Sen. Dean Cameron, R-Rupert, and Sen. Denton Darrington, R-Declo, both given 63 percent ranking by Graham, are likely to face each other in the May 15 primary.

In north Idaho, Sen. Joyce Broadsword, R-Sagle, owner of a 40 percent Graham rating, is retiring and will run for a county commissioner spot in her area.

In a couple races, however, the seats are likely to become more liberal. In District 19, a Democratic stronghold in Boise’s North End, Sen. Nicole LeFavour, D-Boise, is retiring, and Buckner-Webb is poised to take the seat. Buckner-Webb’s 7 percent rating is just lower than LeFavour’s 13 percent.

Pocatello Democratic Sen. Edgar Malapeai is retiring and Lacey has filed for the Senate seat. Lacey, like Buckner-Webb, holds a 7 percent rating while Malapeai, like LeFavour, earned a 13 percent in 2011.

Insiders see the coming trend. On a recent edition of Idaho Reports on Idaho Public Television, Boise State professor Jim Weatherby, a longtime political observer, told viewers last week that the conservative wave may play out. “With seven or eight members of the House running for the Senate,” Weatherby said, “the Senate is going to be a much different place.”

Weatherby also predicted the Senate would look “a lot more like the House.”

In the end, could this cultural shift lead to more conservative bills, like urban renewal reform and removal of the charter school cap, making it through the Senate after being sidetracked? No one can say for sure.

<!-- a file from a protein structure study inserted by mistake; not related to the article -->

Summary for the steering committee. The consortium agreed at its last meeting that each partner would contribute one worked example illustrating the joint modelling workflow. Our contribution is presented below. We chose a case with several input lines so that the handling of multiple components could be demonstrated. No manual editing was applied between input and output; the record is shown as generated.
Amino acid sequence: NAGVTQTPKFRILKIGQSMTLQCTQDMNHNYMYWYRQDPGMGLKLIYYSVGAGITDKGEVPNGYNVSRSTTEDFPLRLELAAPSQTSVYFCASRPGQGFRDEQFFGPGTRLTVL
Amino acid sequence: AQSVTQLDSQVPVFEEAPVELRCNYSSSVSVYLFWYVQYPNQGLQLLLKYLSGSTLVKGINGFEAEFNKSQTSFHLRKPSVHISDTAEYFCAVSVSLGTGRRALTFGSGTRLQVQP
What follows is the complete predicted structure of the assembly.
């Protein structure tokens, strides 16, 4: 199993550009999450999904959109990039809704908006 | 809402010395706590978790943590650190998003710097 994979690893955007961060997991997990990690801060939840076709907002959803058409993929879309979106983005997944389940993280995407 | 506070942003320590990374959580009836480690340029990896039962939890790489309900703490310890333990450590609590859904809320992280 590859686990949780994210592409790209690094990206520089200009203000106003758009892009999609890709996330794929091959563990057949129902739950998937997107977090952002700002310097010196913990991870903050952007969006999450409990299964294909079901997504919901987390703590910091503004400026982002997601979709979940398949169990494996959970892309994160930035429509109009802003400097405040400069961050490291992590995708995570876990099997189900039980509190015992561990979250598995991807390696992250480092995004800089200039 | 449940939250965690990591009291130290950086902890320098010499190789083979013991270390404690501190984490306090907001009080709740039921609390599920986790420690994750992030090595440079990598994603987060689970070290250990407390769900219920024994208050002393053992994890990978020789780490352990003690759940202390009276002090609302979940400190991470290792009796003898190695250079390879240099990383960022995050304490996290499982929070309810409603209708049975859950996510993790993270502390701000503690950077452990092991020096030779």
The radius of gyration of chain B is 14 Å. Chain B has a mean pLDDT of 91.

Not even lawmakers among those planning to make the jump to the Senate can predict what could happen should the shift occur. Hagedorn told IdahoReporter.com that he believes the Senate could become more right-leaning next year, but that leadership in the body could still delay or stop some legislation. “The Senate will still be composed of a diverse group of individuals,” said Hagedorn, who describes himself as “a little more conservative” than the average senator.

But will the exiting representatives leave a gaping right-wing hole in the House? Hagedorn thinks not, due to the Republican stronghold on Idaho, but also thanks in part to the new closed-primary system. “I think we’ll see an even more conservative House, if we can even go there,” he said.

This all could be premature, of course. There is still a week to go in the filing period and not all candidates have declared their intentions. Thayn has drawn a primary challenger, while Schaefer will, at least, face a Democratic opponent in November.

There is also the possibility Republicans could lose some seats in the next election.

If Republicans lose a seat, it's most likely to come in Boise’s District 18, where former Rep. Branden Durst, a Democrat, will eventually face off with Sen. Mitch Toryanski, the Republican incumbent. Toryanski beat Durst by just more than 100 votes in 2010 and Durst is counting on the incumbent’s support of controversial education reforms last year to sway voters against him.

Potential candidates have until Friday, March 9, to file with the state.